Ghulam Azam indictment order deferred till May 2Staff Correspondent
The International Crimes Tribunal-1 on Tuesday deferred to May 2 its order on framing of charges against the detained former Bangladesh Jamaat-e-Islami amir Ghulam Azam.
The tribunal, also known as war crimes tribunal, set up for trial of the 1971 war crimes, deferred the order because the judges were yet to complete examination of the charges and the arguments made by the prosecution and the defence counsel.
Earlier on March 29, the tribunal had posted for April 17 its order after concluding the hearing on the indictment of the top war crimes suspect on 62 counts – six counts of conspiracy, three counts of planning, 28 counts of incitement, 24 counts of complicity and one count of murder as crime against humanity.
The tribunal of Justice Nizamul Huq, Justice Anwarul Haque and judge AKM Zahir Ahmed on the day also allowed the defence counsel to consult Ghulam Azam at the prison cell at Bangabandhu Sheikh Mujib Medical University.
The top war crimes suspect has been undergoing medical treatment at the prison cell since January 11, when the tribunal ordered his detention on war crimes charges.
The tribunal on January 9 took cognisance of the charges pressed by the prosecution on January 5 against Ghulam Azam, who was the Jamaat chief in 1971.
The hearing in the framing of charges began on February 15.
Proposing the indictment, the prosecution had argued that Ghulam Azam was the mastermind of the infamous auxiliary forces of the Pakistani occupation army – Razakar, Al-Badr and Al-Shams – and Peace Committees that had helped the occupation army and committed war crimes, crimes against humanity, genocide, crimes against peace and other offences, including murder, rape, arson and robbery, during the War of Independence in 1971.
Since he was the then chief of Jamaat and mastermind of the auxiliary forces, Ghulam Azam has personal liability for all offences committed by them in accordance with the Section 4(2) of the International Crimes (Tribunals) Act 1973, the prosecution contended.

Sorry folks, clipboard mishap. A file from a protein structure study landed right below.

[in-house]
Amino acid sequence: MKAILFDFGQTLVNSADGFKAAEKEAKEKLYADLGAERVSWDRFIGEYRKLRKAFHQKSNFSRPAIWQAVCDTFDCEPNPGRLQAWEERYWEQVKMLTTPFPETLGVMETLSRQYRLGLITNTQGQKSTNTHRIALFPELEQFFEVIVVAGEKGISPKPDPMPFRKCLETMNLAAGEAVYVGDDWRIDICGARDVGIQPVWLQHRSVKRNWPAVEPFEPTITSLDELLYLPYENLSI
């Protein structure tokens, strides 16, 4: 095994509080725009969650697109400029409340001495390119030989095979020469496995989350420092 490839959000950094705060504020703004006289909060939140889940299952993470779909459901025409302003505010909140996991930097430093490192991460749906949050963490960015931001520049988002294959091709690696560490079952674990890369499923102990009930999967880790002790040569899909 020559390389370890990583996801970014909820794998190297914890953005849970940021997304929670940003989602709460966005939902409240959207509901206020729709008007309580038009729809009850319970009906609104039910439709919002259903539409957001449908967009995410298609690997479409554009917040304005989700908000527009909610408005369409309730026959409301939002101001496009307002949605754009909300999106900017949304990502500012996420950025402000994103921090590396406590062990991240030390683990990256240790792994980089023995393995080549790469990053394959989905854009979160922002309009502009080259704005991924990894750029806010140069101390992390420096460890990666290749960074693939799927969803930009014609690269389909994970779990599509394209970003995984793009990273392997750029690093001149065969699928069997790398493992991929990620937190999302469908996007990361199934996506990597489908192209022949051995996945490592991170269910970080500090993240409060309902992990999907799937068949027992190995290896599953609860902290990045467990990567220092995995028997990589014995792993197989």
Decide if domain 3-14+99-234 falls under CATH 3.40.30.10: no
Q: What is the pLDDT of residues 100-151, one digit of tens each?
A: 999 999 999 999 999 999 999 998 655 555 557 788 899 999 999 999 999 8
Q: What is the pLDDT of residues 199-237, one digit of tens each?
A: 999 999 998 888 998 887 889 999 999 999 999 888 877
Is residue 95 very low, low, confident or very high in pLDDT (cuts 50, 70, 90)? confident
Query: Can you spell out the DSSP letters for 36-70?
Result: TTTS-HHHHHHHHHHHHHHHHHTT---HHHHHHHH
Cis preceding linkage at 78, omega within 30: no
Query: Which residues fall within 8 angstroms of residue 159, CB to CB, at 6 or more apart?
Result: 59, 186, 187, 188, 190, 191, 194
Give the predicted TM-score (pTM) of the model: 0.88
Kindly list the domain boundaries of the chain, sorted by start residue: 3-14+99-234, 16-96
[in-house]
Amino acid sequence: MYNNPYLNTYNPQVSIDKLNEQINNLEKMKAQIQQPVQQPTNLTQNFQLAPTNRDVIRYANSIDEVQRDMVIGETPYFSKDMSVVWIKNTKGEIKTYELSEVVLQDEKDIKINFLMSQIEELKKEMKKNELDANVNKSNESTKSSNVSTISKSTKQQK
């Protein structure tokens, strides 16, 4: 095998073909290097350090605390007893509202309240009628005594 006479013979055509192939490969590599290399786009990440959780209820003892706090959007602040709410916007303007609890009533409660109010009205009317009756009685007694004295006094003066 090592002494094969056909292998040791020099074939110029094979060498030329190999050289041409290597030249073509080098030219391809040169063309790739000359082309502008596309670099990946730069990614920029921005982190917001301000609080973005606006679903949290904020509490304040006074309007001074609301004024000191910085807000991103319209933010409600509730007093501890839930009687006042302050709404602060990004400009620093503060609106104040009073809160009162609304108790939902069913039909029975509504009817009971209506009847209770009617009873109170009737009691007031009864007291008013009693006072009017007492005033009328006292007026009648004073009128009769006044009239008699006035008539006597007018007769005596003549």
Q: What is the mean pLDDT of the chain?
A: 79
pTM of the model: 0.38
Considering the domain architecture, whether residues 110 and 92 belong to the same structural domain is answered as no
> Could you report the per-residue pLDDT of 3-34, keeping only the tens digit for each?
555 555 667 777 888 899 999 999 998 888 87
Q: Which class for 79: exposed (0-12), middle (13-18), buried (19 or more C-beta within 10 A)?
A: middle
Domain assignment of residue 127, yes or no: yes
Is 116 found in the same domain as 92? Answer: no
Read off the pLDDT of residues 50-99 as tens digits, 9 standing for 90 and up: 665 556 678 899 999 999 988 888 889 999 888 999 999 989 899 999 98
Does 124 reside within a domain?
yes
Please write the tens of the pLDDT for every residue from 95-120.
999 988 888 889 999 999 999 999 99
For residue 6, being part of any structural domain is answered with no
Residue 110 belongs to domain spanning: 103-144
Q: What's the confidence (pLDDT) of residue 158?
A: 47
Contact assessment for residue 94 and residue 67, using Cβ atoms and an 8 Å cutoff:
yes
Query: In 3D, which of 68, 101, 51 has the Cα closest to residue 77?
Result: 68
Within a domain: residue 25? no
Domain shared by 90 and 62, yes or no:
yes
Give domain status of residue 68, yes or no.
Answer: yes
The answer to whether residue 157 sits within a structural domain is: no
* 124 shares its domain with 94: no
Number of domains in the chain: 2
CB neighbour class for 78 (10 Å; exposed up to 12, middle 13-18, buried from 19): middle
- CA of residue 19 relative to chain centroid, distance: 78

Moving a petition seeking discharge of Ghulam Azam from the case, chief defence counsel Abdur Razzaq had argued that Peace Committee, Razakar, Al-Badr and Al-Shams were neither auxiliary forces of the Pakistani occupation army nor were they formed with men of the then Jamaat and its student organisation Islami Chhatra Sangha.
In his concluding arguments on March 29, prosecutor Zead-Al-Malum cited a statement of the then leader of the opposition in parliament, Sheikh Hasina, now the prime minister, in the house on April 16, 1992 demanding trial of Ghulam Azam and other war crimes suspects under the International Crimes (Tribunals) Act 1973.
Submitting a copy of the parliamentary proceedings on Hasina’s statement, which also contained a gazette notification issued by the then Pakistani junta, Malum argued that the gazette notification had posted top Pakistan army officers to Razakar.
It clearly shows that Razakar was an auxiliary force as it was placed under the control of the occupation army, the tribunal said. ‘Why should we get the gazette notification from Sheikh Hasina’s statement in parliament? Why could the investigation officer not supply it?’
Refuting Razzaq’s argument that Razakar, Al-Badr and Al-Shams were not formed by Jamaat, the prosecutor referred to an interview of Ghulam Azam given to a news agency a few days before his detention.
In the interview, Ghulam Azam said that they had formed the forces to ‘save the people from massacre being committed by the occupation army,’ Malum mentioned.
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